Today, the White House Office of Science and Technology Policy (OSTP) is celebrating a birthday: OSTP’s! With this milestone, we mark four decades of recognition by numerous presidents and Congress that scientific and technical advice, informed and coordinated science and technology (S&T) policies, and policies informed by S&T deserve a permanent place in the White House to enable Administrations to best serve the American people.
OSTP has three missions: first, to provide the President and his senior staff with accurate, relevant, and timely scientific and technical advice; second, to ensure that the policies of the Executive Branch are informed by sound science; and third, to ensure that the Federal Government’s scientific and technical work is properly coordinated so as to provide the greatest benefit to society.
Forty years ago today, on May 11, 1976, President Gerald Ford signed into law the National Science and Technology Policy, Organization, and Priorities Act of 1976 in a White House South Lawn ceremony. In that legislation, Congress and President Ford formally established OSTP with a mandate to advise the President and White House staff on the effects of science and technology on domestic and international affairs. The Act also authorized OSTP to lead interagency efforts to develop and implement sound S&T policies and budgets, and to work with the private sector, State and local governments, the science and higher education communities, and other nations toward this end.
In addition to creating OSTP, this legislation established what has become the President’s Council of Advisors on Science and Technology (PCAST), an advisory group of the Nation’s leading scientists and engineers who directly advise the President. The legislation also established the interagency body that is now the National Science and Technology Council (NSTC) to coordinate S&T policy across the Federal government. Forty years later, OSTP, PCAST, and NSTC are still working together to give the President policy-relevant scientific and technical advice and to coordinate S&T policy across the Federal government.
Although OSTP is 40 years old in its current form, our history extends further back. The position of the President’s science advisor, which OSTP Director John P. Holdren now holds for President Obama, dates back to Vannevar Bush, who served as President Franklin D. Roosevelt’s unofficial science advisor and later as President Truman’s official science advisor, supported by a science advisory committee and science advisor’s office that are the precursors of PCAST and OSTP, respectively.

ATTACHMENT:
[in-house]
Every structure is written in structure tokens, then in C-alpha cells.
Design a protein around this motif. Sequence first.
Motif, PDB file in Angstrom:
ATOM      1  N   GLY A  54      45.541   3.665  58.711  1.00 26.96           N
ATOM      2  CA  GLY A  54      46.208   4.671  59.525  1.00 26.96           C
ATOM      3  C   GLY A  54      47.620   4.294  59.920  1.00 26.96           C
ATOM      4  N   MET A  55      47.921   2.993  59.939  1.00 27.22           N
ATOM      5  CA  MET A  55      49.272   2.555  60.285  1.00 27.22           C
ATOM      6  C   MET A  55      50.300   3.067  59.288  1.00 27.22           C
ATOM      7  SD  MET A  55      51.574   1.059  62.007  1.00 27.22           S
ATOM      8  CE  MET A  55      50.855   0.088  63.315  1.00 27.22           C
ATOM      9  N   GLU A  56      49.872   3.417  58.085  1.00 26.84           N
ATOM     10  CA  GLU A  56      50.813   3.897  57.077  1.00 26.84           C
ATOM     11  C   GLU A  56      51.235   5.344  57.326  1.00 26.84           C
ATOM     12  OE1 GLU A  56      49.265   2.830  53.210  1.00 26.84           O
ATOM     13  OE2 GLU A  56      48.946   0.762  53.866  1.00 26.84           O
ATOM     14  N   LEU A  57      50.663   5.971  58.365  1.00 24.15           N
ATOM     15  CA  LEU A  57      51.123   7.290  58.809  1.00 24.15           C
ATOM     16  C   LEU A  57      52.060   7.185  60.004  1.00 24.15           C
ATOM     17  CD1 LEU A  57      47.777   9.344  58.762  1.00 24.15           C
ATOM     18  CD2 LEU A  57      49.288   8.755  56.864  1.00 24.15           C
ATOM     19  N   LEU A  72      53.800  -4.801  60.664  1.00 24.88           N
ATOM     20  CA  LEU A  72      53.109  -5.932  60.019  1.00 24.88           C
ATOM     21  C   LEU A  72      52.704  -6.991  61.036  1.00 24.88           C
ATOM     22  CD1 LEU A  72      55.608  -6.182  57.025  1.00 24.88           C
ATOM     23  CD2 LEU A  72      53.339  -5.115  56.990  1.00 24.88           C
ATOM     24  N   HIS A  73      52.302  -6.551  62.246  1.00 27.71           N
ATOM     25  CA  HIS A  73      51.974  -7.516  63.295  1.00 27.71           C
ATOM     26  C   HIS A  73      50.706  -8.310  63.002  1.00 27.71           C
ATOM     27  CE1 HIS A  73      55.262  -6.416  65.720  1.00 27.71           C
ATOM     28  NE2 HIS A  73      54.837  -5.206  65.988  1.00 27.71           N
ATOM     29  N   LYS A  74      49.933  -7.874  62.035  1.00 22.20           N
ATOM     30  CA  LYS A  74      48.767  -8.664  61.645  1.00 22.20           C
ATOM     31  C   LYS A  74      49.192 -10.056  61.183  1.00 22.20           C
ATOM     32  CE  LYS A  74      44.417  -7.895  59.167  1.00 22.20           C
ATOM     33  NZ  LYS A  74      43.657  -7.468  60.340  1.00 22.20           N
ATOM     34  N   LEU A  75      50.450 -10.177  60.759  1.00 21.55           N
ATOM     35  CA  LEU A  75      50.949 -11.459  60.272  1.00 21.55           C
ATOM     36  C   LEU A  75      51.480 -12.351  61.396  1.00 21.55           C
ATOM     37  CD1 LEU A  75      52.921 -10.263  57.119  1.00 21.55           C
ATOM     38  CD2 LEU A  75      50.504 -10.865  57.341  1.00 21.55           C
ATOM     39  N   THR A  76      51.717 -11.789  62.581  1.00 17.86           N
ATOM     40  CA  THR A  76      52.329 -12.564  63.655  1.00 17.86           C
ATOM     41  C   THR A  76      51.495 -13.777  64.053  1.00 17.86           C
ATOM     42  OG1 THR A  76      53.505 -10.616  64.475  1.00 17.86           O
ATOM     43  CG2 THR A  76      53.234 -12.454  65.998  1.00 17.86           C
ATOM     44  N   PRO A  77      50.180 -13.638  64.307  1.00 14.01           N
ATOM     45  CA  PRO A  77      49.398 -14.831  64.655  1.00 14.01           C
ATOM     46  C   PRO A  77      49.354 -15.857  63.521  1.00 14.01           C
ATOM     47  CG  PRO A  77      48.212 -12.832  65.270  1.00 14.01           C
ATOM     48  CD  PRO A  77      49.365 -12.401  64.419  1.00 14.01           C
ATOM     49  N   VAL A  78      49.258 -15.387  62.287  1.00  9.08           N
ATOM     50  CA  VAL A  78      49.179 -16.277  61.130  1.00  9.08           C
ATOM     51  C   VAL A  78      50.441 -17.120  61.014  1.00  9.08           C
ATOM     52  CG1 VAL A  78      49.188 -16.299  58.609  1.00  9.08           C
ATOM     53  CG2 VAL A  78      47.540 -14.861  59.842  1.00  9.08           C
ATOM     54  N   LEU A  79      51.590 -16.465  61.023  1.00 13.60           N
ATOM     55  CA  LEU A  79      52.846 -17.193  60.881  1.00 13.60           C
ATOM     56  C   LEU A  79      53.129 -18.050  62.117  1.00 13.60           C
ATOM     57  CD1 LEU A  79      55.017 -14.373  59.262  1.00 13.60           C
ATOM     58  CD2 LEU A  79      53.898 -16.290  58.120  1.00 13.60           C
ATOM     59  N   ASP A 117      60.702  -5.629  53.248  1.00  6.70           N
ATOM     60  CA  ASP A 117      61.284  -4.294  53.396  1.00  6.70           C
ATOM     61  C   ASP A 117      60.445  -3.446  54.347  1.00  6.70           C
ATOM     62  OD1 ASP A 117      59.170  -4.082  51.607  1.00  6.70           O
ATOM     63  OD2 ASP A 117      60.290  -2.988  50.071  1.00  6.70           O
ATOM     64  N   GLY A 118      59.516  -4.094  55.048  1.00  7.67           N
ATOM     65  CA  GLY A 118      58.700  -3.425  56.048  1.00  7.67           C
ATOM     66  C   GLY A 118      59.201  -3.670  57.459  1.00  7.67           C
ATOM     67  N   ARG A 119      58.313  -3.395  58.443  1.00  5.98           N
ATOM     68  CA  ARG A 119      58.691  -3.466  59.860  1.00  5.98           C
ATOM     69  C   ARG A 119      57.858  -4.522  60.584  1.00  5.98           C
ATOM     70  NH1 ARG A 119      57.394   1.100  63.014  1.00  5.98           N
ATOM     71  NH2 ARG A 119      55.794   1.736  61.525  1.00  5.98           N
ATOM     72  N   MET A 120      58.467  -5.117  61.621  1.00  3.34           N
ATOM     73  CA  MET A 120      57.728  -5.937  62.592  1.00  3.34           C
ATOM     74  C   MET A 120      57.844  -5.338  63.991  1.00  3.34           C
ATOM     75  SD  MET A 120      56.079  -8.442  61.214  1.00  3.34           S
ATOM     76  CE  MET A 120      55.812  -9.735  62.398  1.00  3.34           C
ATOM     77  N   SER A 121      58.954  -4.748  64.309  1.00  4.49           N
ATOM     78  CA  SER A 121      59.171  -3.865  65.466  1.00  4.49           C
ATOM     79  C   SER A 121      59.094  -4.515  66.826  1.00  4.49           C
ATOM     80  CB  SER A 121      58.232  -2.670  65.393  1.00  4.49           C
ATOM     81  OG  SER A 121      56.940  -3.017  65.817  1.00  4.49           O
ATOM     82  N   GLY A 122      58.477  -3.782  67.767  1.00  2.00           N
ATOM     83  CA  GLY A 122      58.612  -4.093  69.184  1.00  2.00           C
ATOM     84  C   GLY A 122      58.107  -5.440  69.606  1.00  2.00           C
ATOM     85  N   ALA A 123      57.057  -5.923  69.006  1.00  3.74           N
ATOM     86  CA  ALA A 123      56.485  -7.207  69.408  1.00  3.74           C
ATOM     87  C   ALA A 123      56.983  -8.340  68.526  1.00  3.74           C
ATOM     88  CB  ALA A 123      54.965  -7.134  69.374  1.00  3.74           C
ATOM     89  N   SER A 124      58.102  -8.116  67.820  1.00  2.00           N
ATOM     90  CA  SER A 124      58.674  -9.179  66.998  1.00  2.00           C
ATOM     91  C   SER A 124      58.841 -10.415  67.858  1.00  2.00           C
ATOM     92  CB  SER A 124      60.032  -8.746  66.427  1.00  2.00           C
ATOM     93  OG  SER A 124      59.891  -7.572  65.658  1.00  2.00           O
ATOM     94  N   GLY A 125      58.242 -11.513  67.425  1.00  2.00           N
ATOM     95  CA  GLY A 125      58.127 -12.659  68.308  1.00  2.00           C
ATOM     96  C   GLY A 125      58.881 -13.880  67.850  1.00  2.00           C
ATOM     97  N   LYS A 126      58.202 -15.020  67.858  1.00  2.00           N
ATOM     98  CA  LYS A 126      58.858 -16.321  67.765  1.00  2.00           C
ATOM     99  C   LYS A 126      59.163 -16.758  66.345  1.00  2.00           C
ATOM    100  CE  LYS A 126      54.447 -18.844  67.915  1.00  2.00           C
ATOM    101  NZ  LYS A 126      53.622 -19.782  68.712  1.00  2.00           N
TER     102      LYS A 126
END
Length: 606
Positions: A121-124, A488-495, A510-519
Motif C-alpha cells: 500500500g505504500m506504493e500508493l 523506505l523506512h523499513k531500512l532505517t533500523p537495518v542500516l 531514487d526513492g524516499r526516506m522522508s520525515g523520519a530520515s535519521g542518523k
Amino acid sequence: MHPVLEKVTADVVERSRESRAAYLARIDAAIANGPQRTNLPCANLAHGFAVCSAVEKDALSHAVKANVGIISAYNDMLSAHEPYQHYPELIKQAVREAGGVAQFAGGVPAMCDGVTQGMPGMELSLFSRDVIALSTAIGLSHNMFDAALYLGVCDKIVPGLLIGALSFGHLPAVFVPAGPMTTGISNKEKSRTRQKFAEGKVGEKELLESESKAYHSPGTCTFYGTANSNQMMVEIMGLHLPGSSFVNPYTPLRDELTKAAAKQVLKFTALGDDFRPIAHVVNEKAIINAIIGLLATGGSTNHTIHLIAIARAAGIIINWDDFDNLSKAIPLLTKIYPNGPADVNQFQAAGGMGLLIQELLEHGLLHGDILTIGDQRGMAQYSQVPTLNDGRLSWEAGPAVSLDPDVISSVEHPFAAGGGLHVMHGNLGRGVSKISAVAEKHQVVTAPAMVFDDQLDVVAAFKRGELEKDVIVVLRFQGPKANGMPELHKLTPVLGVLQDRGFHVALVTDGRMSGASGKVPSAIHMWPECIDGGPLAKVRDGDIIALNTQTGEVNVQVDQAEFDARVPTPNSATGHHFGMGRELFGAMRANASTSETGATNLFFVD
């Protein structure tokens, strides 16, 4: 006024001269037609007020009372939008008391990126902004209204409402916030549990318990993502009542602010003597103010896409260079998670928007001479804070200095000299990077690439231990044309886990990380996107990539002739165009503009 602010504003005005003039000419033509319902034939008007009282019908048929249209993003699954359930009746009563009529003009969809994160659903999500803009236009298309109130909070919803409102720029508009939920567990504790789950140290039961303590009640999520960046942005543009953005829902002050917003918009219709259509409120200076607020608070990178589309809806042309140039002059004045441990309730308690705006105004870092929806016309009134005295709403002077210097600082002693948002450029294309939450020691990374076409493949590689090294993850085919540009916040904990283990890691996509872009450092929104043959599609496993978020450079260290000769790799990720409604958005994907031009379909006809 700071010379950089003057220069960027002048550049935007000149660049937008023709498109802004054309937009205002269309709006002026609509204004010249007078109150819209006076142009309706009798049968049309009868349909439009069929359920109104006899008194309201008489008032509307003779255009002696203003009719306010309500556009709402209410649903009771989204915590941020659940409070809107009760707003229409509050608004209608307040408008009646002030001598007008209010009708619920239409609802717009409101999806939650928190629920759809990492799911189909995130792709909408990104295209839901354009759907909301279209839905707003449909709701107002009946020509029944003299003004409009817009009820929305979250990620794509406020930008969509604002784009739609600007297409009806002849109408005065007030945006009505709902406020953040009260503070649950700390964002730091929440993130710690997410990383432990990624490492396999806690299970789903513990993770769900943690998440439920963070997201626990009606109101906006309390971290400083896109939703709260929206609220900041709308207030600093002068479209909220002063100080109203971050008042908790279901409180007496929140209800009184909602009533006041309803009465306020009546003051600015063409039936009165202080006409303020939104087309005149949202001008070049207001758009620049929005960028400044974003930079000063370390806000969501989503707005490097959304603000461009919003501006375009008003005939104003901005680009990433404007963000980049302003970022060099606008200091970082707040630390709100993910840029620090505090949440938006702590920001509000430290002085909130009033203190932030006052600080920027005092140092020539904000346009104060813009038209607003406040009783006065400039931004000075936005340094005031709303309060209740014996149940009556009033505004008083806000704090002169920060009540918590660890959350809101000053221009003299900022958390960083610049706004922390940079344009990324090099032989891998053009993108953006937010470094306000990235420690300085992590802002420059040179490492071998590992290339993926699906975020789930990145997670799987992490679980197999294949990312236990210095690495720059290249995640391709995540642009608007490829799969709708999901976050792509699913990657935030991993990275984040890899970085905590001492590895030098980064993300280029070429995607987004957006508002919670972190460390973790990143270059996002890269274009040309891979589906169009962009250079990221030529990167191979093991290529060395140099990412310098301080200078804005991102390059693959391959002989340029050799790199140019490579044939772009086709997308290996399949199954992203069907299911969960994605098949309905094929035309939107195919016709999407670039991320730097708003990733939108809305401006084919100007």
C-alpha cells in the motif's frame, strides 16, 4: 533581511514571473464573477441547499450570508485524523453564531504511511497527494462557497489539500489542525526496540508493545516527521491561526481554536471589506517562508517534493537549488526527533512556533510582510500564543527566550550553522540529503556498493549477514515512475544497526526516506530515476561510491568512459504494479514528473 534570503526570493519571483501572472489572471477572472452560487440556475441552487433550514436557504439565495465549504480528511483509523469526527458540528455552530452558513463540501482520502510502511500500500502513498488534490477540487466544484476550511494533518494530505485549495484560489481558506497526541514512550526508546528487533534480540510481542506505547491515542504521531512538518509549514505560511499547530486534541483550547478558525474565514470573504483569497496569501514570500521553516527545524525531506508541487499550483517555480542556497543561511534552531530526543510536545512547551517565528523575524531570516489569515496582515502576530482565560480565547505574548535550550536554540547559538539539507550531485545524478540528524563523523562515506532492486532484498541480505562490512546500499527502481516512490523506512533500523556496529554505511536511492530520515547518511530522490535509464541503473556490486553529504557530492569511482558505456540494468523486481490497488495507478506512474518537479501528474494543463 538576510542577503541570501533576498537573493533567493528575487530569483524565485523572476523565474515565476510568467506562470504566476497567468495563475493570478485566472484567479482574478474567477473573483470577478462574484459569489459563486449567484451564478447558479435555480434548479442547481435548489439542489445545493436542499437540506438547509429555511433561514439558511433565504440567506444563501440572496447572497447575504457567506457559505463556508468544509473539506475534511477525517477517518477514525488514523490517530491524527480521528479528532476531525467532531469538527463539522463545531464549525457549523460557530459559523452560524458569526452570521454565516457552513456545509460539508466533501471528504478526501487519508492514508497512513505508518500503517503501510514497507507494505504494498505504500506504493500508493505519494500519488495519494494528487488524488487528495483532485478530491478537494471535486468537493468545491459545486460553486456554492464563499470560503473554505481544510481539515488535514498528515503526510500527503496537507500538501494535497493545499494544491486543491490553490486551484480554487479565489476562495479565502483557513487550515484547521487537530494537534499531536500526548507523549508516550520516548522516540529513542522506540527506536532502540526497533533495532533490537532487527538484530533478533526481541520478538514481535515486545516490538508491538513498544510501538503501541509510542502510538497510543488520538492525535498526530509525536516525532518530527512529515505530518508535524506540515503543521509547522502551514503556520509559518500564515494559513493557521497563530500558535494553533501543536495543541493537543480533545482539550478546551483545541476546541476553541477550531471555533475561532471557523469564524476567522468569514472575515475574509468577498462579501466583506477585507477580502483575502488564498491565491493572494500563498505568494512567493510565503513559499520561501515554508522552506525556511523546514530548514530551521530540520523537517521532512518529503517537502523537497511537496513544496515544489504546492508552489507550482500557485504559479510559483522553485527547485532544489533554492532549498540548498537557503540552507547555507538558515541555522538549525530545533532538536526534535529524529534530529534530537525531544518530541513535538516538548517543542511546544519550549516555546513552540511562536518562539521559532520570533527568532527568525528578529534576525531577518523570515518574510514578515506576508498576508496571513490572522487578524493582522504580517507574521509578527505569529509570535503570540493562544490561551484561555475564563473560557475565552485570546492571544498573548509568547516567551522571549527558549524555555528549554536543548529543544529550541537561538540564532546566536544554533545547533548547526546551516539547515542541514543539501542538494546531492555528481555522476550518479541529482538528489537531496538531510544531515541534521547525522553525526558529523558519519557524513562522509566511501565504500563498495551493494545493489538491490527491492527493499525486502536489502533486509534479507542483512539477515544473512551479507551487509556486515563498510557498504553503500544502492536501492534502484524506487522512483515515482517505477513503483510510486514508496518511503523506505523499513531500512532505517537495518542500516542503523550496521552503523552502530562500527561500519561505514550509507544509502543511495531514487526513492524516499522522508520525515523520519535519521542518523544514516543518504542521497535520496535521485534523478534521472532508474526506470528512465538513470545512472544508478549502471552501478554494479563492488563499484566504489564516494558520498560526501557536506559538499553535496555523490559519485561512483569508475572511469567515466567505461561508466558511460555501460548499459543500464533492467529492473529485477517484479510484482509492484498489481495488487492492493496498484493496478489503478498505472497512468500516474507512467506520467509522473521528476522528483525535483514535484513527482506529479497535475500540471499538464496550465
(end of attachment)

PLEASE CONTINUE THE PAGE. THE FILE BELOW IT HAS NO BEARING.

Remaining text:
At that time, the science advisor’s office was a few blocks north of 16th Street, NW, from the White House. Dr. Bush authored Science The Endless Frontier in 1945, which became the policy blueprint not only for the National Science Foundation but also for much of the U.S. science and technology policy system we have today. President Eisenhower moved the science advisor’s office to the White House where it stayed until President Nixon asked for and received the resignations of his science advisor and science advisory committee, and dismantled the science office. When President Ford took office, he reinstated the position of science advisor and worked with Congress to affirm the importance of S&T advice and S&T policy in the White House. As a result, the President’s science advisor serves as the Director of OSTP and is supported by an OSTP that is established in law.
On the occasion of this 40th birthday, S&T advice and policy remain strong in the White House thanks to the leadership of President Obama and science advisor and OSTP Director Dr. John P. Holdren. Whether it’s ensuring that Federal policies on energy, climate change, and the environment are based solidly on up-to-date insights from science and engineering, or ensuring that U.S. policymakers are fully informed of the promise and challenges of new S&T developments, OSTP continues to provide first-class S&T advice to the Administration. OSTP is also home to the United States Chief Technology Officer, a position and office created by this Administration to provide a White House focus on how technology policy, data, and innovation can advance the future of the Nation.
We also continue to support and coordinate Federal investments in research, as well as a strong and vibrant U.S. S&T enterprise through policies to expand access to the results of Federally-funded research and efforts to inspire students reflecting the full diversity of America to pursue science, technology, engineering, and mathematics (STEM).
In the years to come, OSTP will continue to help ensure that the scientific and technical policies of the U.S. government provide benefit to society and help make progress toward solving the challenges we face as a Nation.
Kei Koizumi is Assistant Director for Federal Research and Development at the White House Office of Science and Technology Policy.